And there was something so poignantly pathetic about Myers’ psychiatrist Dr. Loomis (played superbly by the late Donald Pleasence) screaming in terror, trying to shoot the little girl, as horrified on-lookers try to stop him. For only Loomis, who devoted his life to studying Myers, fully grasps the evil Myers’ young niece has become. But Loomis is now a weak old hysterical man, and after 25 years of obsessing over Myers, he’s burned out (literally, from the hospital fire in part 2). Loomis is ready to retire, and it would have been the perfect time for the original series to retire too.
For several days Pumpkin Person has been scrounging through horror titles on Rogers on-demand, looking for something to watch from the convenience of my dark home. After scrolling through one unoriginal zombie title after another, I finally stumbled upon Beast: A Monster Among Men (Directed by Mike Lenzini). Before seeing a movie I generally look it up on IMDB to see what rating it got out of 10. I’ve learned from past experience that horror films rated below 4.5 are almost never worth watching. I was struck by the fact that this film had a 6.7 (quite high for a horror film) but with only 22 votes in so far, it could have just been the film makers and the actors voting so I dismissed it. I then googled for movie reviews, and found very little, so I decided I would write one.
The plot: A group of men (one of whom is kind of creepy) head off to a cabin deep in the woods and people start getting killed. Can the characters figure out who or what is killing them before it’s too late?
I’d be lying if I said this was a good movie, but my expectations for this kind of ultra obscure low budget horror film are so low, that I can’t say I was disappointed. When you’ve seen as much crappy horror as I have, a film that shows even a smidgen of effort and skill is a nice surprise. I liked that the film was set deep in the woods. Not exactly an original setting, but the woods used in this film had an especially isolated and ominous feel to them. And the film had atmosphere, with beautiful shots of the sky turning from sunny, to cloudy, to dark, and a pleasantly haunting yet sad musical score. The film also knew its limits: Rather than tainting the movie with laughable special effects, the film shot its special effects from a distance or with dim enough lighting that their cheap cheesiness could not be exposed, and with a run-time of only 72 minutes, the film shrewdly ended before embarrassing itself.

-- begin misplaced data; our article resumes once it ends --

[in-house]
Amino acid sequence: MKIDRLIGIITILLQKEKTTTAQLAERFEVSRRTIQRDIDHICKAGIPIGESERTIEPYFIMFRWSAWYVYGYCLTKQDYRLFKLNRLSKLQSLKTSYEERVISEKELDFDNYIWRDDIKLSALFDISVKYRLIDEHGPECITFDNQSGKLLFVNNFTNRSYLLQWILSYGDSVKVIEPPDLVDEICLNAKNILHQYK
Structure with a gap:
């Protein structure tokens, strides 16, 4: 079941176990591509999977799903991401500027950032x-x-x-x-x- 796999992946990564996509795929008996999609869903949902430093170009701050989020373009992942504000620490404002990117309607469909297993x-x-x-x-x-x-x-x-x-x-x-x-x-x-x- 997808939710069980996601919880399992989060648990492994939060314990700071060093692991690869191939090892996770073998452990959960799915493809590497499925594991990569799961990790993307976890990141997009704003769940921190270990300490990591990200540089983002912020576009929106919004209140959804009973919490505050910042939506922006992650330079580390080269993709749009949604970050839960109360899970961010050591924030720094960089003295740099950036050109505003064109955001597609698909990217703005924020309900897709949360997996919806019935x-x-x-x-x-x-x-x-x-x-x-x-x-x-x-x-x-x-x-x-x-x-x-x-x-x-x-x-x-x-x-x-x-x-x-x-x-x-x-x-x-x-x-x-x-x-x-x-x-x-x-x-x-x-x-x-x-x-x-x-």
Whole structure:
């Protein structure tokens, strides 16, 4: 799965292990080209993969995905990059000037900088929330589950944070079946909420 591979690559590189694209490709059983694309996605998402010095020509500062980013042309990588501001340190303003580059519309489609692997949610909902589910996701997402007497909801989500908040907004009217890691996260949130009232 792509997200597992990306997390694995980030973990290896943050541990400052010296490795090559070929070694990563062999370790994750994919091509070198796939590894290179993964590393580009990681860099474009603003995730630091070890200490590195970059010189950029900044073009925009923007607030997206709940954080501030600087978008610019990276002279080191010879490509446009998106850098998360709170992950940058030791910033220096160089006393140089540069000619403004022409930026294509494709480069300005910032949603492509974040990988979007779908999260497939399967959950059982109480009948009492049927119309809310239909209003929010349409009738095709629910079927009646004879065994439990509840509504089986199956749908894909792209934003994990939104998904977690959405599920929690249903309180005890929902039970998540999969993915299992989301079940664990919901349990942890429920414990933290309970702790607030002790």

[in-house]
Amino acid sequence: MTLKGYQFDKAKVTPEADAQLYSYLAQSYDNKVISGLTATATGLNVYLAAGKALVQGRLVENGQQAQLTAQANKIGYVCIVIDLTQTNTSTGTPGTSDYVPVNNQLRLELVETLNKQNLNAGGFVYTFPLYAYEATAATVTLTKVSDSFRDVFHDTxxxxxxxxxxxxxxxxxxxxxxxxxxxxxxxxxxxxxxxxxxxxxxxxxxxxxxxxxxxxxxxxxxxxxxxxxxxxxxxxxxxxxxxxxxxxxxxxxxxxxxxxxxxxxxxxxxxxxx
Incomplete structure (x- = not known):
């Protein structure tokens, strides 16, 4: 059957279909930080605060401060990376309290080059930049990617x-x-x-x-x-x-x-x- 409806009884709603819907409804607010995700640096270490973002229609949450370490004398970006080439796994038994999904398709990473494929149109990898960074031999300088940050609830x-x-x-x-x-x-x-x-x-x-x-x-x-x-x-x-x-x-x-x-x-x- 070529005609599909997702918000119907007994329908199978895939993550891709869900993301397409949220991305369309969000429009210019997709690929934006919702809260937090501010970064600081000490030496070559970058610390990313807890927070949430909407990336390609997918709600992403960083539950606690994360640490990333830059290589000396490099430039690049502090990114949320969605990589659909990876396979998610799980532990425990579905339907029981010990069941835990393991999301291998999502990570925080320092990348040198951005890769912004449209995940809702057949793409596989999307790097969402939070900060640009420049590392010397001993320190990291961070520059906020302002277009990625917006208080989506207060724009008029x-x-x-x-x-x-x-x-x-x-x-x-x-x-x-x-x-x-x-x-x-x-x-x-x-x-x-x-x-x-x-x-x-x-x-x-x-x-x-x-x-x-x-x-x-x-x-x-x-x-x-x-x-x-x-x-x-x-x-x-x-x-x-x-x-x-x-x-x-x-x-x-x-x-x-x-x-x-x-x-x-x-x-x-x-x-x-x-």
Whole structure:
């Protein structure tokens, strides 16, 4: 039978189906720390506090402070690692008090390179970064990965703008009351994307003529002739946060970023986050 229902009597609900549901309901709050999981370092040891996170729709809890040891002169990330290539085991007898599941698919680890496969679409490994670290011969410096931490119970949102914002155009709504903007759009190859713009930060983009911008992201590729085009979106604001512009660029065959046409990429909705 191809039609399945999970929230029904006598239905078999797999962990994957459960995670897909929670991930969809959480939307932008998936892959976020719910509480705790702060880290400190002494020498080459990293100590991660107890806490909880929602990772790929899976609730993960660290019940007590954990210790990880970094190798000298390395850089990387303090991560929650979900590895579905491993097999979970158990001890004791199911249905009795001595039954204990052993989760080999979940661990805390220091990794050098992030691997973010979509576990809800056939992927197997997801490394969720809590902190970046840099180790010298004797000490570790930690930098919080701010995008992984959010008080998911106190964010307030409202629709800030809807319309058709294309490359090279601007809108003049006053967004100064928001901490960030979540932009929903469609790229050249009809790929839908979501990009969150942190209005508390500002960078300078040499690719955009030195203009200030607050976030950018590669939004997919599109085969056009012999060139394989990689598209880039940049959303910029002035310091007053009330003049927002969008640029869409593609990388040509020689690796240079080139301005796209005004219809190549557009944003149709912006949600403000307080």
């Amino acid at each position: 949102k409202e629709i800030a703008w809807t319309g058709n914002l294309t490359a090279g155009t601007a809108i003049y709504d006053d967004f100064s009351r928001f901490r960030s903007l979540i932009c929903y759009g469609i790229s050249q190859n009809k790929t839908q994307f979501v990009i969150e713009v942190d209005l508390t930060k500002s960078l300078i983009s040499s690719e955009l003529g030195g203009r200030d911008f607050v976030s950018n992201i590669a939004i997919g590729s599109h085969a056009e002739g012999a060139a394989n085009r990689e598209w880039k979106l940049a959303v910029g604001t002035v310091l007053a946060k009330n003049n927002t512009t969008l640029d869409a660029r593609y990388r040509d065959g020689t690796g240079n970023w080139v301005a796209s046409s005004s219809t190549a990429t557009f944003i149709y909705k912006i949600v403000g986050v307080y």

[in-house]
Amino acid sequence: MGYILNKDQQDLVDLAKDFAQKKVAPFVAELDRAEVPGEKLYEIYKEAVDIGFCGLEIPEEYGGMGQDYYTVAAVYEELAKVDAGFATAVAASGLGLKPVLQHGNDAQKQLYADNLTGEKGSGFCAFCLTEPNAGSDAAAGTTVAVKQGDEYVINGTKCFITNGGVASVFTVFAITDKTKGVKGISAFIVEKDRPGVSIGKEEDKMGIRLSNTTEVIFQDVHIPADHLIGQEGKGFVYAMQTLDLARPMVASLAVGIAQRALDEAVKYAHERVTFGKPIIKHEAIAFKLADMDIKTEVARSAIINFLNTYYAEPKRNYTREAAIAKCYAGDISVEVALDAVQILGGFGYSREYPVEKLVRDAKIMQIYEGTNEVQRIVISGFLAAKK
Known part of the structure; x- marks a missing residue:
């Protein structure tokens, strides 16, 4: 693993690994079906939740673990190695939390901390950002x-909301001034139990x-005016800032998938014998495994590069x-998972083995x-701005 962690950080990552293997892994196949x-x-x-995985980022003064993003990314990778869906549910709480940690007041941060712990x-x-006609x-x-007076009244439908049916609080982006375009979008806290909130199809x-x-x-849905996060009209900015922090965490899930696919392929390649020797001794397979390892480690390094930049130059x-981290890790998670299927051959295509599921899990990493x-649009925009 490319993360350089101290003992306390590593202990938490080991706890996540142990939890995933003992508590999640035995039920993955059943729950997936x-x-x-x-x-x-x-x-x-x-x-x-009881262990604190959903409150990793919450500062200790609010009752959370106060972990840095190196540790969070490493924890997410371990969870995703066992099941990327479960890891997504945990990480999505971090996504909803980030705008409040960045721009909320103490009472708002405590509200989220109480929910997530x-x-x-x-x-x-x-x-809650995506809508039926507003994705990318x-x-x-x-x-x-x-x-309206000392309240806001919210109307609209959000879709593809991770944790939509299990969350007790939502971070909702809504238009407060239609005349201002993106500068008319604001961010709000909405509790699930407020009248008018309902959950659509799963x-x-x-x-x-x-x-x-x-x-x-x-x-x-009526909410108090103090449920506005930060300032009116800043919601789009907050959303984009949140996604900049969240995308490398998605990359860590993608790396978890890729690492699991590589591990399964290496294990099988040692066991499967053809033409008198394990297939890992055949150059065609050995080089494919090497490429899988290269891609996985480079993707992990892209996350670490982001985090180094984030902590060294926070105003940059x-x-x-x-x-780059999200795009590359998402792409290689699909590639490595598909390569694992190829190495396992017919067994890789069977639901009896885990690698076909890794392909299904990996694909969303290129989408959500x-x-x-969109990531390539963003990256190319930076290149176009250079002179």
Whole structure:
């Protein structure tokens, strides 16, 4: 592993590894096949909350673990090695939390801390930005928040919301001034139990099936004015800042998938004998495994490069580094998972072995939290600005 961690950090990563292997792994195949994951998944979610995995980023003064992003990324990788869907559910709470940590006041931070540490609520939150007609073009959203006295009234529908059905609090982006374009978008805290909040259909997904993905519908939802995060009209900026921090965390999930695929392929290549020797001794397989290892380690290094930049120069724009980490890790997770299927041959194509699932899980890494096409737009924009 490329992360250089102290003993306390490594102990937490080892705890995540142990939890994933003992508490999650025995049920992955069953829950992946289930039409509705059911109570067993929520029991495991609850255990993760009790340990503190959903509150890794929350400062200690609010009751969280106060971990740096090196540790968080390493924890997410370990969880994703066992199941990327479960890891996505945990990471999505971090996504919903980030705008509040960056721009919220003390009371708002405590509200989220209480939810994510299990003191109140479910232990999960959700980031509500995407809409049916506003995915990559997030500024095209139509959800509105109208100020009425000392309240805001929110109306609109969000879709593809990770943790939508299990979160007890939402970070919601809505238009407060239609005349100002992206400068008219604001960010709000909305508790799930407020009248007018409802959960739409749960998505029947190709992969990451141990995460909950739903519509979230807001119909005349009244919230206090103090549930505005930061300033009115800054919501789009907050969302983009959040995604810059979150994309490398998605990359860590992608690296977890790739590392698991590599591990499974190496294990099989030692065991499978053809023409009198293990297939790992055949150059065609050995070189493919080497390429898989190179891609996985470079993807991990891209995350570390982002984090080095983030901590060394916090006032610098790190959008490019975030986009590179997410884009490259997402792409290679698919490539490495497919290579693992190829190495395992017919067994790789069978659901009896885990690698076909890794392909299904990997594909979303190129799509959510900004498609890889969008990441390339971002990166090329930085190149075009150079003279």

Directed by Paul Fox, The Dark Hours is a haunting tour de force. It’s the type of film you watch while curled up all alone on the couch with a thick cup of hot chocolate on a cold Canadian night. It’s a film you just get lost in, hypnotized by the slow pace, atmospheric score, and eerie, original, non-linear storytelling. The film oozes with atmosphere and is superbly well cast and acted.
The story revolves around forensic psychiatrist Samantha Goodman (Kate Greenhouse) and her troubled relationships with her low income husband, parasitic sister, very stupid party crasher (Dov Tiefenbach) and her terrifying patient, Harlan Payne (Aidan Devine), a tall bearded epileptic charismatic gay ax murderer. Greenhouse is uncannily believable in the part, reminding me of every hyper-educated woman I have ever known. There’s a familiarity about all of the characters. We learn just enough about each of them to know the type and recognize them as people we’ve fleetingly known. Dov Tiefenbach (who Friday the 13th fans will remember from Jason X) gives one of the most fascinating performances I have ever witnessed.
Slasher fans may be disappointed by the film’s slow pace and artsy ambiguous narrative structure and some viewers feel confused or even cheated by the time it ends. Aside from one gratuitously disgusting scene involving a finger, and a stylishly bloody scene involving a nail, the film is much more a psychological thriller than a splatter film, and unfolds like a group therapy session.
But there is evil in this movie. Not of the demonic otherworldly variety, but the darkness of human nature.